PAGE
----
Last week, Men’s Shop Daily had the distinct pleasure of catching up with Marcus Wainwright (left) and David Neville, co-founders of Rag & Bone, at their in-store appearance at Nordstrom Bellevue Square, near our Seattle headquarters.
Below, the two British designers—who met in boarding school in England, before starting Rag & Bone more than ten years ago in New York—discuss their fashion baptism in rural Kentucky, smashing guitars, and style advice that every man should swear by.
MEN’S SHOP DAILY: Welcome to Seattle. Have you been out here before?
DAVID NEVILLE OF RAG & BONE: “We’ve been a few times, but only ever to see the people at Nordstrom. It’s worth the trip. It’s an amazing company.”
MSD: That’s great to hear—what makes you say that?
NEVILLE: “I think that when you look at the history, and the legacy of how it was started, and what it is now…I’ve actually read [Bruce Nordstrom's] book, Leave It Better than You Found It. The fact that it’s still run by the family, and the approach to customer service, and differentiating themselves as a store…The success that’s bred is kind of amazing. It’s 130 stores in America. I should be like a spokesperson.” [Laughs.]
MSD: You’ve noted the photography of August Sander as an inspiration for your Fall ’13 men’s collection. What drew you to his work, and are there any favorite photographs that stick in your minds?
MARCUS WAINWRIGHT OF RAG & BONE: “I’ve got a lot of his photography. I like photography—I collect [it] and like taking pictures myself. Part of it is just the subject matter—apart from the photographs themselves, the clothes are really cool, and very relevant to Rag & Bone. We do a lot of workwear, we do a lot of tailoring, and the August Sander pictures capture a lot of people working—and he captures them in a period where people were working in suits. If you look at the early pictures of rag-and-bone men, after the Second World War, they’re working day-to-day in tailored clothing. There’s no T-shirts, there’s no just shirt-and-jeans. And there’s a sort of beauty in that handmade clothing that’s been disheveled and rumpled and rained on and worked in.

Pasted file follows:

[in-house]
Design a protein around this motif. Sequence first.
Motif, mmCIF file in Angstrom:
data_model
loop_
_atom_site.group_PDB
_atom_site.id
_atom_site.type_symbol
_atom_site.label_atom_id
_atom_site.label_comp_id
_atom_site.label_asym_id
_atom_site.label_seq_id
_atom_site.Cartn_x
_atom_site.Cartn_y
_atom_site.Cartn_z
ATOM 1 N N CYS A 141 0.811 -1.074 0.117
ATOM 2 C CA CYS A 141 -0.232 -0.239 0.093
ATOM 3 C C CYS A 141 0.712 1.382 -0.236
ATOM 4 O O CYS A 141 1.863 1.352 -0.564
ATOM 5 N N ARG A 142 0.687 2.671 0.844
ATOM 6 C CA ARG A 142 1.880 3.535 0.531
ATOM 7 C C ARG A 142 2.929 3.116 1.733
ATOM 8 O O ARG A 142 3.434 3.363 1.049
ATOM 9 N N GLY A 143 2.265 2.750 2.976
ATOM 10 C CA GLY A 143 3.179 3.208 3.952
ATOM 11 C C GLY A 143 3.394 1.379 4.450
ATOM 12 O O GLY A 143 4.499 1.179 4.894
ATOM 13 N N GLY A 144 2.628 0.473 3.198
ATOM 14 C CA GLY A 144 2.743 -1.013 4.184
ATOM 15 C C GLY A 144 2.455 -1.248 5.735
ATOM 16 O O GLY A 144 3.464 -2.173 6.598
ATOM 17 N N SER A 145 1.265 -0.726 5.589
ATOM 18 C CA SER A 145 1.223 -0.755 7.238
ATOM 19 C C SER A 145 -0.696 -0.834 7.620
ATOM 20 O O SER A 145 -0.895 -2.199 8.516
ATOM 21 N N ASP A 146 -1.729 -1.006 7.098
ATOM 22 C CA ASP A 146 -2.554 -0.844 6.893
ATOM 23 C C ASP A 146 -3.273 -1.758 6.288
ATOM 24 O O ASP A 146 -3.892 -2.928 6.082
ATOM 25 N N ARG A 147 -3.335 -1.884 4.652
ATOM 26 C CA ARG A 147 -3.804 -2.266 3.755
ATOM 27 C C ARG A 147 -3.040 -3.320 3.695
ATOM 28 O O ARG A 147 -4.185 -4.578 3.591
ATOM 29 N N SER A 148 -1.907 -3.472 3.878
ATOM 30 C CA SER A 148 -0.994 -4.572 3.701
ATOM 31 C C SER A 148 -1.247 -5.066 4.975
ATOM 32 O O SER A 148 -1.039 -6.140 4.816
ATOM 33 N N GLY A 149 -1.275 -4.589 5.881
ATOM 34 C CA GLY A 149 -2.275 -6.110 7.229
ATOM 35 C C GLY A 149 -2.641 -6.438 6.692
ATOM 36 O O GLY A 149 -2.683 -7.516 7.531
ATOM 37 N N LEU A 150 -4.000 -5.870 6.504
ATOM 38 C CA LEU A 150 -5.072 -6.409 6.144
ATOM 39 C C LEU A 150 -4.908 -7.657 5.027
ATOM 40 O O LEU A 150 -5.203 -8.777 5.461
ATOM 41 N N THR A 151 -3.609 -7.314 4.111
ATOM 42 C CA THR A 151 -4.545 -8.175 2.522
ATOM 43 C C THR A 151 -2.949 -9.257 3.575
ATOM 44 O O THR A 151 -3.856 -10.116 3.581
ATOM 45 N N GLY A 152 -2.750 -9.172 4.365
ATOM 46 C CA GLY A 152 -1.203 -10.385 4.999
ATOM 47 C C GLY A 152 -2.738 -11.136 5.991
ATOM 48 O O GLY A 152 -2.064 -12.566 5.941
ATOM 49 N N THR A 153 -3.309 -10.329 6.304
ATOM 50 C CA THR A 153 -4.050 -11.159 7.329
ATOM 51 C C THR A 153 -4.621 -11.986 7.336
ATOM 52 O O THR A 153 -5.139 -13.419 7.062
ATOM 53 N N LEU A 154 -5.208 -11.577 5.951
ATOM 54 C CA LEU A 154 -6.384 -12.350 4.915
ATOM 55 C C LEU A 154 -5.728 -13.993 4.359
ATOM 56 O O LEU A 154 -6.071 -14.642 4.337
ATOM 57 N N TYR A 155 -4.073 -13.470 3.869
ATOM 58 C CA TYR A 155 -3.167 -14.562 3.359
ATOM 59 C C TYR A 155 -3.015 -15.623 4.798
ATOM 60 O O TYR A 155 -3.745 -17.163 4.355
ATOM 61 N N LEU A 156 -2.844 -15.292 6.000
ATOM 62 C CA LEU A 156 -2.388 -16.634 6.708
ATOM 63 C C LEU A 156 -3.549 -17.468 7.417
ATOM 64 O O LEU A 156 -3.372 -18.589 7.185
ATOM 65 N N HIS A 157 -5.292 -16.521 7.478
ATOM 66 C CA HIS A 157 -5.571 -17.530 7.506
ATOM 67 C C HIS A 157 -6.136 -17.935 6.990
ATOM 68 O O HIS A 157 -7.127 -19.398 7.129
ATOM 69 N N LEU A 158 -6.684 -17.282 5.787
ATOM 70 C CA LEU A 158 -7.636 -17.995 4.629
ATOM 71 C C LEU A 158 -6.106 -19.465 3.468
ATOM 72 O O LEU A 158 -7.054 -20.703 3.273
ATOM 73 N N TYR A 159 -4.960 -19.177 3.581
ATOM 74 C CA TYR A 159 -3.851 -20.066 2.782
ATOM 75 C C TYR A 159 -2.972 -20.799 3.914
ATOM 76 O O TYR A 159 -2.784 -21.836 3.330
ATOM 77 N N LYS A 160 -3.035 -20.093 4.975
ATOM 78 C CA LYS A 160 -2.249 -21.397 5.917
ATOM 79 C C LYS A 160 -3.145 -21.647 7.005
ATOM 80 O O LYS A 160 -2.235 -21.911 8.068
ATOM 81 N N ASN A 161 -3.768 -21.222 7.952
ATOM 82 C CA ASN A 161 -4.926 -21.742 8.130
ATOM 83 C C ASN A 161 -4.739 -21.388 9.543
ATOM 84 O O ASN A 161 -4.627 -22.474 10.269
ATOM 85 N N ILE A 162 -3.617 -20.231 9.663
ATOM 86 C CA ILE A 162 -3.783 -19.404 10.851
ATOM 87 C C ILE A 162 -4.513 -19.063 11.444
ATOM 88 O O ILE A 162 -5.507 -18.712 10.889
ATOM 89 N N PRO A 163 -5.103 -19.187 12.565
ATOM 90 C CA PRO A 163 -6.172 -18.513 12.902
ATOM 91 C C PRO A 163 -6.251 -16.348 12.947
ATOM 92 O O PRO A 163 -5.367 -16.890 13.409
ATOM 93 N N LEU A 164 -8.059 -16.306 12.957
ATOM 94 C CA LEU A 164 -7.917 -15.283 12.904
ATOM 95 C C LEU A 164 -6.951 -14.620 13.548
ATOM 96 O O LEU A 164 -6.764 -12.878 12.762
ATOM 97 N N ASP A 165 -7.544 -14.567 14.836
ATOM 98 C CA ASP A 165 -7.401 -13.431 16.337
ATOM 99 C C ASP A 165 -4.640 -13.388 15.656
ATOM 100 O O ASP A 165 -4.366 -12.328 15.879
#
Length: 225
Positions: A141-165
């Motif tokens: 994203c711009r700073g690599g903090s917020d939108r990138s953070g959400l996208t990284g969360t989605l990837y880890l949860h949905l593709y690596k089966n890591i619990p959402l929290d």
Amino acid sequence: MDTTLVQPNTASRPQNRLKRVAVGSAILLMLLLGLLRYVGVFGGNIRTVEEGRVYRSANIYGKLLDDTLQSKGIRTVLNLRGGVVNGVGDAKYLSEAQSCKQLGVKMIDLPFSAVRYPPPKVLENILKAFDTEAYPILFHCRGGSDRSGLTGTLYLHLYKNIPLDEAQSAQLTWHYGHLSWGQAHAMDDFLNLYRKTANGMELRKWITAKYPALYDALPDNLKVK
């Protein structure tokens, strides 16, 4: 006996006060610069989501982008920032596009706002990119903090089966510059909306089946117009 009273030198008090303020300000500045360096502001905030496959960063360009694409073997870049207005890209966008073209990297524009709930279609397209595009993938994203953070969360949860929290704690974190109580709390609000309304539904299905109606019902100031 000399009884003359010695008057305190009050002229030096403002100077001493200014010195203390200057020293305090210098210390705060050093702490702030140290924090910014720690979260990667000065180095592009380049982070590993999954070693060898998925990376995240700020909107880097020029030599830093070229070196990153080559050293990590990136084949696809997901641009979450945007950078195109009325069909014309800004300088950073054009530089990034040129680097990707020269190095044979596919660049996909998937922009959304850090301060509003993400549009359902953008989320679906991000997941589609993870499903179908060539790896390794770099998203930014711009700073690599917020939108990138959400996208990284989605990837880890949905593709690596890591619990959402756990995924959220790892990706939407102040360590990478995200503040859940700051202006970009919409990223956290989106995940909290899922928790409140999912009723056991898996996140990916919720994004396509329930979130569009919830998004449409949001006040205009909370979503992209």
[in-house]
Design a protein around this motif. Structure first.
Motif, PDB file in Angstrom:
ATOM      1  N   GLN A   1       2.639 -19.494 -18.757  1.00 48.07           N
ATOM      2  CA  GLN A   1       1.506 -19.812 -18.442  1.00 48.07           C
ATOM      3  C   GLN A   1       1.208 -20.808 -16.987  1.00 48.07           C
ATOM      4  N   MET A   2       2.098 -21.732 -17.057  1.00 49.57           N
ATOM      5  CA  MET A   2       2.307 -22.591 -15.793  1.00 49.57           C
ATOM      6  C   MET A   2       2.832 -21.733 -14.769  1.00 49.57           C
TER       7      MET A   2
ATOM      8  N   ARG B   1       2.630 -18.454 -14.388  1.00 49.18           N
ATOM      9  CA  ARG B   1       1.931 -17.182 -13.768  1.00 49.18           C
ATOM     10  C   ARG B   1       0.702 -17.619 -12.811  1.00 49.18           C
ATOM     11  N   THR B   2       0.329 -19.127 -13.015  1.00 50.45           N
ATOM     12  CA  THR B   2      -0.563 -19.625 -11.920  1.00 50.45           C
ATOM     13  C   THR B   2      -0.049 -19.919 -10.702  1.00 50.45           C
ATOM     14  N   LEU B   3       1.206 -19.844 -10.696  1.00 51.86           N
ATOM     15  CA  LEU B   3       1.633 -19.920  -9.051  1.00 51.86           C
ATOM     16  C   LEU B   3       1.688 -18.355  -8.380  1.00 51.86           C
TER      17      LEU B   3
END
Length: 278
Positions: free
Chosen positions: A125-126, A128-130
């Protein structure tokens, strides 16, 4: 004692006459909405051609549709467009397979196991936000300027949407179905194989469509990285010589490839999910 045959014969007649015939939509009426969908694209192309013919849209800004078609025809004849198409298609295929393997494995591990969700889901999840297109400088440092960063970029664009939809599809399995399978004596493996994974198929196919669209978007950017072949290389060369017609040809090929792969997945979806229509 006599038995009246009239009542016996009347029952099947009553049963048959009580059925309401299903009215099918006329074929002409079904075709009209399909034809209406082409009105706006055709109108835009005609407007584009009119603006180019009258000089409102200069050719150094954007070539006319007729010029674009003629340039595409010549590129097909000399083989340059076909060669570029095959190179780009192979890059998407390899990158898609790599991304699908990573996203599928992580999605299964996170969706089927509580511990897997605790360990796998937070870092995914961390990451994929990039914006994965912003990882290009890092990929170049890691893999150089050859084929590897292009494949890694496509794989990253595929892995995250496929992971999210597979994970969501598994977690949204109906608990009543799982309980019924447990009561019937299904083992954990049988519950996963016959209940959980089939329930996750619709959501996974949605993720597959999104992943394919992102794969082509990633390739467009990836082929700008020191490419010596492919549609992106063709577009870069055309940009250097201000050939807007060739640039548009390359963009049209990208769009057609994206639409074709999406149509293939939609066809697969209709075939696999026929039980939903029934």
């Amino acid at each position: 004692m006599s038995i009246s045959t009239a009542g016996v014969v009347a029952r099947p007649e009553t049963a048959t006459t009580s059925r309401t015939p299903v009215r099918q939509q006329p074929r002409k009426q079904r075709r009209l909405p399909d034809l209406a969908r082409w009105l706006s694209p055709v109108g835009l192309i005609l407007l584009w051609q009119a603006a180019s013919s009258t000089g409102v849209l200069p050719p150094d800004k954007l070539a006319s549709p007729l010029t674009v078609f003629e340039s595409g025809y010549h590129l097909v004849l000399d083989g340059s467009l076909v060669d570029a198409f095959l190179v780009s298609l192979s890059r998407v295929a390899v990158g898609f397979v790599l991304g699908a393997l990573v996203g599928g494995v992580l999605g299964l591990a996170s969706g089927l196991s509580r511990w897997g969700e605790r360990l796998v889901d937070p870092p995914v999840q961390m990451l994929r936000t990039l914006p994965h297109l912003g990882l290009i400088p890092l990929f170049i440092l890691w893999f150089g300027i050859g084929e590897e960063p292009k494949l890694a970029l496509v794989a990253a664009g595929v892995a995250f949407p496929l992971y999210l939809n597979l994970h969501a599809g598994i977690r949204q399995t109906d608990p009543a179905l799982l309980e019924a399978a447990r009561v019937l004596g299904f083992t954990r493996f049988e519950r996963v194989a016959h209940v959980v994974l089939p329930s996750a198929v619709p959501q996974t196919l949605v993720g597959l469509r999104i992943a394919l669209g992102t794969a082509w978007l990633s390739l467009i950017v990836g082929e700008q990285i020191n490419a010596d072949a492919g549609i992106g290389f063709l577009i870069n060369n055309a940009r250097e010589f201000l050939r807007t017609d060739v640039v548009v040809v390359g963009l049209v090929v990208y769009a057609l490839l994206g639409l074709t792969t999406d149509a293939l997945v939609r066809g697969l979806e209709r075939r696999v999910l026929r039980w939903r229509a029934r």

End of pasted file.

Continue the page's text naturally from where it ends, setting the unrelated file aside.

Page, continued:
“So the subject matter of the pictures is amazing. There’s a German aspect to it, which is pretty cool—it’s quite sort of different from the English stuff; it’s less sort of ‘dandy.’ There’s an amazing picture of a baker…and one in particular of a guy in a street in the most beautiful coat, which we made a sort of version of, which closed the show. It’s just great photography.”
MSD: Does Michael Pitt [the actor in Rag & Bone's fall campaign] have the best hair in Hollywood?
NEVILLE: “We were actually a little bit worried about his hair in a couple of the pictures—it just looks a little bit too sort of retro, kind of Johnny Cash, which wasn’t really the reference, you know. But he’s a cool dude.”
WAINWRIGHT: “He does have good hair.”
NEVILLE: “We had fun. He was awesome. He came to the shoot really sort of enthused, and there’s an amazing moment where he smashes his guitar in the middle of 6th Avenue. That was his idea, and it was fairly impromptu—it wasn’t staged or anything. It was cool content to just be able to create.”
[Seattle band Campfire OK played a killer set at our in-store
event—decked out in Rag & Bone, of course.]
MSD: When the two of you first decided to start a clothing company, you visited a legendary denim factory in Kentucky. What was that experience like, and what did you learn there?
WAINWRIGHT: “It was the birth of Rag & Bone in many ways. It was a very old denim factory in Tompkinsville, Kentucky. It had been a massive factory at one point, but everything had shifted—been bought or invested in by a Mexican company, and a lot of denim [production] had moved to Mexico. So it basically shut down most of it, and it was just sort of 60 people, as a sample room for the Mexican production—but it was the best sewers and pant-makers that they had.